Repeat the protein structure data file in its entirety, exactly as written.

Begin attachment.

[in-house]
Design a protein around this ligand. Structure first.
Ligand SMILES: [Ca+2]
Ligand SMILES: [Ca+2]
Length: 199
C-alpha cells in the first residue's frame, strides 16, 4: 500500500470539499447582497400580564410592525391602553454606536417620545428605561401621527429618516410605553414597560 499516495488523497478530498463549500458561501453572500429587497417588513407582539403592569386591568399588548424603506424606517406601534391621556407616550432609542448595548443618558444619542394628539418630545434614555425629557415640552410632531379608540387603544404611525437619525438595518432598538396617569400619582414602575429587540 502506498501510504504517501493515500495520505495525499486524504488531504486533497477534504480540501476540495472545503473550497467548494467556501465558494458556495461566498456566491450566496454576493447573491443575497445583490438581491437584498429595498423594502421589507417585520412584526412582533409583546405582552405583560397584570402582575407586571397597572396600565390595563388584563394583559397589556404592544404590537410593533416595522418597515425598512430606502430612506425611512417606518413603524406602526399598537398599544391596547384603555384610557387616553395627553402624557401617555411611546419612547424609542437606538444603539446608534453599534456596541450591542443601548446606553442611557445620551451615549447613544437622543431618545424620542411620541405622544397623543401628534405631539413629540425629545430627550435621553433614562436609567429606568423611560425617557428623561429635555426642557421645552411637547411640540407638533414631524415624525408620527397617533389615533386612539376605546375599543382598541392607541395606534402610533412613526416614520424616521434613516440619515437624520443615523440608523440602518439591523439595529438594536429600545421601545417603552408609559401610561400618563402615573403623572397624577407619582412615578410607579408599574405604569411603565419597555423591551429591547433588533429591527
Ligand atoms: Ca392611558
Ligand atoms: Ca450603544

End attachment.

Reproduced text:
[in-house]
Design a protein around this ligand. Structure first.
Ligand SMILES: [Ca+2]
Ligand SMILES: [Ca+2]
Length: 199
C-alpha cells in the first residue's frame, strides 16, 4: 500500500470539499447582497400580564410592525391602553454606536417620545428605561401621527429618516410605553414597560 499516495488523497478530498463549500458561501453572500429587497417588513407582539403592569386591568399588548424603506424606517406601534391621556407616550432609542448595548443618558444619542394628539418630545434614555425629557415640552410632531379608540387603544404611525437619525438595518432598538396617569400619582414602575429587540 502506498501510504504517501493515500495520505495525499486524504488531504486533497477534504480540501476540495472545503473550497467548494467556501465558494458556495461566498456566491450566496454576493447573491443575497445583490438581491437584498429595498423594502421589507417585520412584526412582533409583546405582552405583560397584570402582575407586571397597572396600565390595563388584563394583559397589556404592544404590537410593533416595522418597515425598512430606502430612506425611512417606518413603524406602526399598537398599544391596547384603555384610557387616553395627553402624557401617555411611546419612547424609542437606538444603539446608534453599534456596541450591542443601548446606553442611557445620551451615549447613544437622543431618545424620542411620541405622544397623543401628534405631539413629540425629545430627550435621553433614562436609567429606568423611560425617557428623561429635555426642557421645552411637547411640540407638533414631524415624525408620527397617533389615533386612539376605546375599543382598541392607541395606534402610533412613526416614520424616521434613516440619515437624520443615523440608523440602518439591523439595529438594536429600545421601545417603552408609559401610561400618563402615573403623572397624577407619582412615578410607579408599574405604569411603565419597555423591551429591547433588533429591527
Ligand atoms: Ca392611558
Ligand atoms: Ca450603544